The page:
Style bloggers love to talk about sleek European shoes. The kind made somewhere in Italy or England’s midlands, featuring shapely toes and tight waists. We like those sort of shoes as well (they look great with sharp suits), but these are not them. Those are beautiful; these are ugly. But I love them.
The shoes you see above are a traditional Tyrolean style – Tyrol being a region of the Alps that’s split between modern-day Austria and Italy. They were originally mountain shoes – made for long walks with heavy Loden coats – but sometime in the 1950s, they gained broader appeal. The French apparently love them, as do the Japanese.
The reason is simple: they’re comfortable and weatherproof. Tyrolean shoes, at least in this style, are typically made with grippy soles, Norwegian welts, and heavy-duty leather uppers that have been generously oiled with natural fats. That makes the leather a bit more water-resistant and pliable, perfect for the bellow tongues that are also designed to keep water out. The two-eyelet lacing system makes these an easy wet-weather shoe for when you don’t want to deal with boots.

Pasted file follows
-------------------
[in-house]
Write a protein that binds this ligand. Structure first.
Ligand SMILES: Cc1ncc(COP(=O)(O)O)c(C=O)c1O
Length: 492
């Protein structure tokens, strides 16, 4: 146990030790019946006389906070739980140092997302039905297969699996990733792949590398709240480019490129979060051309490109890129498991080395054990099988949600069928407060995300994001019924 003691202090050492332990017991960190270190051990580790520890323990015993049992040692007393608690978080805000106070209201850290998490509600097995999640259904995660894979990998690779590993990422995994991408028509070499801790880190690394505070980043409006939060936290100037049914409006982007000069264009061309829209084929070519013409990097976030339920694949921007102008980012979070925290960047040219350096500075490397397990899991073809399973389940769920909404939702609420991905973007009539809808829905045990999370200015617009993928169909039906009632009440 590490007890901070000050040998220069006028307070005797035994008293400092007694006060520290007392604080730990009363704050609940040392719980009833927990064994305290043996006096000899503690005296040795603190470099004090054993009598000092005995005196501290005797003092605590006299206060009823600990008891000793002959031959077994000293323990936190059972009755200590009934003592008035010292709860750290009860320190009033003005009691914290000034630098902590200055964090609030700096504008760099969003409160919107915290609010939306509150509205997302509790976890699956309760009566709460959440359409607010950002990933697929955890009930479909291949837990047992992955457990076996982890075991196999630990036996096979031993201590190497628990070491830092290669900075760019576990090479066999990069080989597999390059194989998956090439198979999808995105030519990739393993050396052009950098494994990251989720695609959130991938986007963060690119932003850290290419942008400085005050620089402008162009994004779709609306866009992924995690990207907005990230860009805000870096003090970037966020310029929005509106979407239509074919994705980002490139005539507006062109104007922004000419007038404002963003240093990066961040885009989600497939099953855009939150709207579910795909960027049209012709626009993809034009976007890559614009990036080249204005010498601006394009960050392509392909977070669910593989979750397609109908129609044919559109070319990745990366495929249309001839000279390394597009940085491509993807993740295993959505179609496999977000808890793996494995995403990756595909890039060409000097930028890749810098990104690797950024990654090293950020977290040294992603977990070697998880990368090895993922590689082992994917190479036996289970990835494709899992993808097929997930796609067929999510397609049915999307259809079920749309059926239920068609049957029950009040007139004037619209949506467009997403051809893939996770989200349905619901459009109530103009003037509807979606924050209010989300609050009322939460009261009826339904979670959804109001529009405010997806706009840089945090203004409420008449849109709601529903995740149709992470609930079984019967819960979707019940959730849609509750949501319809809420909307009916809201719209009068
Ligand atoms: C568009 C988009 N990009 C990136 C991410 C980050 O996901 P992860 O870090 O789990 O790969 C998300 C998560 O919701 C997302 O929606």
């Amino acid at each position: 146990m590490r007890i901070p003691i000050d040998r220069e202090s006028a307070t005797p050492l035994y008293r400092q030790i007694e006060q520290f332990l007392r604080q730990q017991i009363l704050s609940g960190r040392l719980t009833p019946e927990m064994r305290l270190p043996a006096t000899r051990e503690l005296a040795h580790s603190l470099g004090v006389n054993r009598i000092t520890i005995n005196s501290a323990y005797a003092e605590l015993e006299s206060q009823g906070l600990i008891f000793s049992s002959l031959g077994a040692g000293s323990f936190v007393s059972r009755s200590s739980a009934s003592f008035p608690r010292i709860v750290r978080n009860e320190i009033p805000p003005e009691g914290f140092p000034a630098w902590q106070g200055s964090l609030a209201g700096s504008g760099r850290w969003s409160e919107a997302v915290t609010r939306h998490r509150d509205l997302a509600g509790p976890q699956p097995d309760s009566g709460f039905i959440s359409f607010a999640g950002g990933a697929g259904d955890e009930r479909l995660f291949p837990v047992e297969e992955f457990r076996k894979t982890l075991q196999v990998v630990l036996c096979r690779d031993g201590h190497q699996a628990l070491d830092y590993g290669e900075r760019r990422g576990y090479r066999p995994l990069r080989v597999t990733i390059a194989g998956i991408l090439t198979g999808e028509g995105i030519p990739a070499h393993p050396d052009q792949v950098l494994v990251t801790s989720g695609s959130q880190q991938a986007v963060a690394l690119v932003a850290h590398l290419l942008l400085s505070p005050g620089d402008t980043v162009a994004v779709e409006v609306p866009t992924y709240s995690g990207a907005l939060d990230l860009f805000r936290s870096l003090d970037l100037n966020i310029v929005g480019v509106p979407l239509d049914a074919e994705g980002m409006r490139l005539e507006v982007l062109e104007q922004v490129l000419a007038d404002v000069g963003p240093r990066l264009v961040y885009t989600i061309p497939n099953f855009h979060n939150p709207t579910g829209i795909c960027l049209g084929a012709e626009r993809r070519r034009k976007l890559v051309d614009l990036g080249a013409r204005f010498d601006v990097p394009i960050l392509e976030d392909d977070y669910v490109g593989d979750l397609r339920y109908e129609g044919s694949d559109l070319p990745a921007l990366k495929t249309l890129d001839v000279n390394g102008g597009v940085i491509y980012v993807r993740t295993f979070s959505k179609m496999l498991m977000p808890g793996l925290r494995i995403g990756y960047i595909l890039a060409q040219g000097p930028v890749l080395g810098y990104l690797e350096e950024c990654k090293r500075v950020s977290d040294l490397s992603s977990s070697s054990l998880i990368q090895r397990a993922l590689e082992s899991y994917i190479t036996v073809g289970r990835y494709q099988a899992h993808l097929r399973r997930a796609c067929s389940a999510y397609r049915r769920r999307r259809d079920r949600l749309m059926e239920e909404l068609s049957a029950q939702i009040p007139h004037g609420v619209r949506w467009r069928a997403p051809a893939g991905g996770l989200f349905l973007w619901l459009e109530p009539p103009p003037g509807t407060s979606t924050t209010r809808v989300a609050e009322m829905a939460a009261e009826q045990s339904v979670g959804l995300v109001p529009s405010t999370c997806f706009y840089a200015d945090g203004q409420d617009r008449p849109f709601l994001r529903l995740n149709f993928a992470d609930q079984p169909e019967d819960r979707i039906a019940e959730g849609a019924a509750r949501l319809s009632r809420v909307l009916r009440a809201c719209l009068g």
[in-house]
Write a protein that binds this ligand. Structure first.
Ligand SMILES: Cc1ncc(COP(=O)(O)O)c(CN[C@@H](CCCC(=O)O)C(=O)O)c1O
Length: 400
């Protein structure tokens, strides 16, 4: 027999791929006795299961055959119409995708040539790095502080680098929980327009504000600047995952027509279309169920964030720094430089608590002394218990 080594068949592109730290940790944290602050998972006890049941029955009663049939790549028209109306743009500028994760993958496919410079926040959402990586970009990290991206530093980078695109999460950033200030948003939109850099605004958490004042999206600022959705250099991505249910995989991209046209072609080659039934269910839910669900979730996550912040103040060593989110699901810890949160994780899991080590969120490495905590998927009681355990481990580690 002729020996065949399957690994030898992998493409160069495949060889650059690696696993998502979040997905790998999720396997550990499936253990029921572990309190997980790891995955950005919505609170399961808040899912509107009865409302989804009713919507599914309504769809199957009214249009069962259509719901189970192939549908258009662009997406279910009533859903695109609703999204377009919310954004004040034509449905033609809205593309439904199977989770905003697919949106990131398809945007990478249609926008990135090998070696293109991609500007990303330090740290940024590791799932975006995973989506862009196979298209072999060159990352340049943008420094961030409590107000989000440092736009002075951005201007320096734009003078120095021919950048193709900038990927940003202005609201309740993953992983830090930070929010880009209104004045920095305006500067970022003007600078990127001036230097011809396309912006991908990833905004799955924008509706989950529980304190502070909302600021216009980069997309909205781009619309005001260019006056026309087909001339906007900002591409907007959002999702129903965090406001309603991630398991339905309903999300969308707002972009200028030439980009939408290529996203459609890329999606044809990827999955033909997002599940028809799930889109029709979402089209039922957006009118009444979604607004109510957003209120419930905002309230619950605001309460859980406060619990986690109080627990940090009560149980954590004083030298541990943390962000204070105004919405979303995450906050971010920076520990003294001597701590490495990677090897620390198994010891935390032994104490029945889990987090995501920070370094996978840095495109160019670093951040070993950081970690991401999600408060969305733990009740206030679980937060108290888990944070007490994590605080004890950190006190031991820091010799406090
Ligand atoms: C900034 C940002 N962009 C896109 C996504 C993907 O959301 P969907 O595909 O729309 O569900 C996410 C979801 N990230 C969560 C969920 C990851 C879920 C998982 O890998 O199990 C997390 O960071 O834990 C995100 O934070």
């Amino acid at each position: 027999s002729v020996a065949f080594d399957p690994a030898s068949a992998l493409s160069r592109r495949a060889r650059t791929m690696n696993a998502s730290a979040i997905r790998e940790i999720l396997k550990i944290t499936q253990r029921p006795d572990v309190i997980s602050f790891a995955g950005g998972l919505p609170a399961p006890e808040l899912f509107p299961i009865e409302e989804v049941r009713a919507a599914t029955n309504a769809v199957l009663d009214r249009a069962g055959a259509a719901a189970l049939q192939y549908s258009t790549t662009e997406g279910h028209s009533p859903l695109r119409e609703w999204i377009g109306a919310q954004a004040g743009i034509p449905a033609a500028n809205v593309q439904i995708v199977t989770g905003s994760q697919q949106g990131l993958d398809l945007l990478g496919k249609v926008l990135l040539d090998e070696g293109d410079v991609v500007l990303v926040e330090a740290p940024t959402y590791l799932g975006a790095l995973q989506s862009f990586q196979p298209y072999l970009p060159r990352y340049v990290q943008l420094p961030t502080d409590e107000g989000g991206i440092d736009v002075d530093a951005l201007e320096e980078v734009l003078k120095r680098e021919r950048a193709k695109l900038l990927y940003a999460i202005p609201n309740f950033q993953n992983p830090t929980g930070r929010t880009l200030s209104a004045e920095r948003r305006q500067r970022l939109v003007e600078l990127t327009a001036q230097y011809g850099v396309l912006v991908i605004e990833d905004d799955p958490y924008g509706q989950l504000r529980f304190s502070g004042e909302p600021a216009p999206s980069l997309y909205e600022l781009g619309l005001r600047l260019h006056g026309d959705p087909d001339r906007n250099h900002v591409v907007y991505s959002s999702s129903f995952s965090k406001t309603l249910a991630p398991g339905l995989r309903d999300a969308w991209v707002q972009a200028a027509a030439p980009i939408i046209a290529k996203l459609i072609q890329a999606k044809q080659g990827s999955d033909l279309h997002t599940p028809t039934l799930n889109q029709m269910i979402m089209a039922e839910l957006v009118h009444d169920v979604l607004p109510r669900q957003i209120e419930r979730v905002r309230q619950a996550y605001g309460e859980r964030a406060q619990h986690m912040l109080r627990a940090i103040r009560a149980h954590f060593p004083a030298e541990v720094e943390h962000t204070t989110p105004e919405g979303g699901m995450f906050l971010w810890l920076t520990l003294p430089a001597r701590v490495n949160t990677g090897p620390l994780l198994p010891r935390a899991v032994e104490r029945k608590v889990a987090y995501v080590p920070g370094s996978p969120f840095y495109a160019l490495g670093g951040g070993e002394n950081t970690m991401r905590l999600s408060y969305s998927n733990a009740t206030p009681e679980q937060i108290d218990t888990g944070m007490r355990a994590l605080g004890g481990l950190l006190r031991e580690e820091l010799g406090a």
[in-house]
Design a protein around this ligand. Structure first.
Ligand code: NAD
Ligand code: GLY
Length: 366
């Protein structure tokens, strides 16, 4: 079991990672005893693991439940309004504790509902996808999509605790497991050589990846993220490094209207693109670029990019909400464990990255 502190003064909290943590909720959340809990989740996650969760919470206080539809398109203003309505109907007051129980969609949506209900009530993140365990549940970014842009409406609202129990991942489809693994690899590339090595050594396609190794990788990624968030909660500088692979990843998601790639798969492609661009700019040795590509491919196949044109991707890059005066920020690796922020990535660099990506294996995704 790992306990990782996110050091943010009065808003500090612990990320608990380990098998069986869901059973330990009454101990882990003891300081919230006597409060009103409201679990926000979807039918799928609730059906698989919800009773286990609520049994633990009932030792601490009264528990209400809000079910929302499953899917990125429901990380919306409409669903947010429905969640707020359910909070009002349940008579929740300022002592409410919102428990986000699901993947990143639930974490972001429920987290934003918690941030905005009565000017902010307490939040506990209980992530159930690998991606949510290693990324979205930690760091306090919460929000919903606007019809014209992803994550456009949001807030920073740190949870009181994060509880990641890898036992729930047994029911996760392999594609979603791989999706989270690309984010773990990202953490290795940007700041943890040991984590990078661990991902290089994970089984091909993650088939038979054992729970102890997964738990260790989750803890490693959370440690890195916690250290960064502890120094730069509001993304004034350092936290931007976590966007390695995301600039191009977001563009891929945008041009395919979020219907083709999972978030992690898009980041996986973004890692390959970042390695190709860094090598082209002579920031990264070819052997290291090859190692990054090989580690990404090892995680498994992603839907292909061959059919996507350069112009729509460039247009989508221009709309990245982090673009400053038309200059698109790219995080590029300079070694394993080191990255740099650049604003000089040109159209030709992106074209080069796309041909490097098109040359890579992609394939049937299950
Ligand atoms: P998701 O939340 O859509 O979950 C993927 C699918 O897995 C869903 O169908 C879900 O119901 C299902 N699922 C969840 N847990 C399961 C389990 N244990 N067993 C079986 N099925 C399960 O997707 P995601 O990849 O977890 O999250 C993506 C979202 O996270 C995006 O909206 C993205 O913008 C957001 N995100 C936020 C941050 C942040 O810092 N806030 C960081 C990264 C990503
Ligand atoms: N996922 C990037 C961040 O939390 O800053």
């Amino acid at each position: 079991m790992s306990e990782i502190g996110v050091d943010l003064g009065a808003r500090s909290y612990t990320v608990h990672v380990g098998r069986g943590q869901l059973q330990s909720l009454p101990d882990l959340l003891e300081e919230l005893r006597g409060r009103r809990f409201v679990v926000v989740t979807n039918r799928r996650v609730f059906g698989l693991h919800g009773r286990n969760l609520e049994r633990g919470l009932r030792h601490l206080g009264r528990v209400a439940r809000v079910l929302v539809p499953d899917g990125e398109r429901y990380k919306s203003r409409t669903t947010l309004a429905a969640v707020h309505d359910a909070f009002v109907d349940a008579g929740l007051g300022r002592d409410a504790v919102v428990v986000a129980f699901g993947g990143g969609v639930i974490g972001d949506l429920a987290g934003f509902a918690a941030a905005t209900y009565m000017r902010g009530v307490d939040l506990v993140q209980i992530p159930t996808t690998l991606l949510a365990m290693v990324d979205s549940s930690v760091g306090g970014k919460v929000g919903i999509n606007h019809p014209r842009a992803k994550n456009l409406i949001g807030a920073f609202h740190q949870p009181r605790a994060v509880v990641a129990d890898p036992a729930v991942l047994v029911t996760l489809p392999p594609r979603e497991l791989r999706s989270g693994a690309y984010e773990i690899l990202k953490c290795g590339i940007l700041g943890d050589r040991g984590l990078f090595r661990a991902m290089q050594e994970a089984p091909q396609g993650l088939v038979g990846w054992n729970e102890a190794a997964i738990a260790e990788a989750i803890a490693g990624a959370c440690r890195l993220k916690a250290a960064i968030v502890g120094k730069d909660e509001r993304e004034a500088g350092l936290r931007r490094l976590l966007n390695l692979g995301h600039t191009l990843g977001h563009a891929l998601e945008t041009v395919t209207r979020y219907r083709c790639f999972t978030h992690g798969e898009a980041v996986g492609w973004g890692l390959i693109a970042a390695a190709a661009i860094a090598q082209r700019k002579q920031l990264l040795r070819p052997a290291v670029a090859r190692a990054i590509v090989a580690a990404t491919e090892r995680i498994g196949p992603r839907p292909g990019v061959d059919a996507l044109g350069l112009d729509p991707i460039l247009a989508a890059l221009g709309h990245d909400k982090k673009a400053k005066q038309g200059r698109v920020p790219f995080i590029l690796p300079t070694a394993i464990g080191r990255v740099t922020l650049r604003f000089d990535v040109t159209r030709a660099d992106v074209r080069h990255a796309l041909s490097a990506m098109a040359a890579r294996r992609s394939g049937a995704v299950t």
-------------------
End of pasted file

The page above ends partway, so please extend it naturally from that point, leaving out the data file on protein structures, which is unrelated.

Back when they were still publishing, the editors at Free & Easy loved to include Tyrolean shoes in almost every issue. The funkier style went well with the kind of workwear-inspired clothes they liked to write about. With the right pair of slim pants and topcoat, they can also go with more casual forms of tailoring. See above for style inspiration.
Unfortunately, for ugly shoes, they’re expensive. The two most popular models include Paraboot’s Michael and Heschung’s Thuya (the second of which is what I own). You can find them at No Man Walks Alone, Mr. Porter, Gentry, Dandy Fellow, and Unionmade. For a more affordable version, you can always consider Clarks’ Wallabees or Padmore & Barnes’ P204 (the original Wallabees). They don’t have the same water-resistance, but they’re also a lot cheaper.
Consider them when you’re up for having a bit more fun with your footwear. They’re not sharp or sophisticated, but they’re also not meant to be.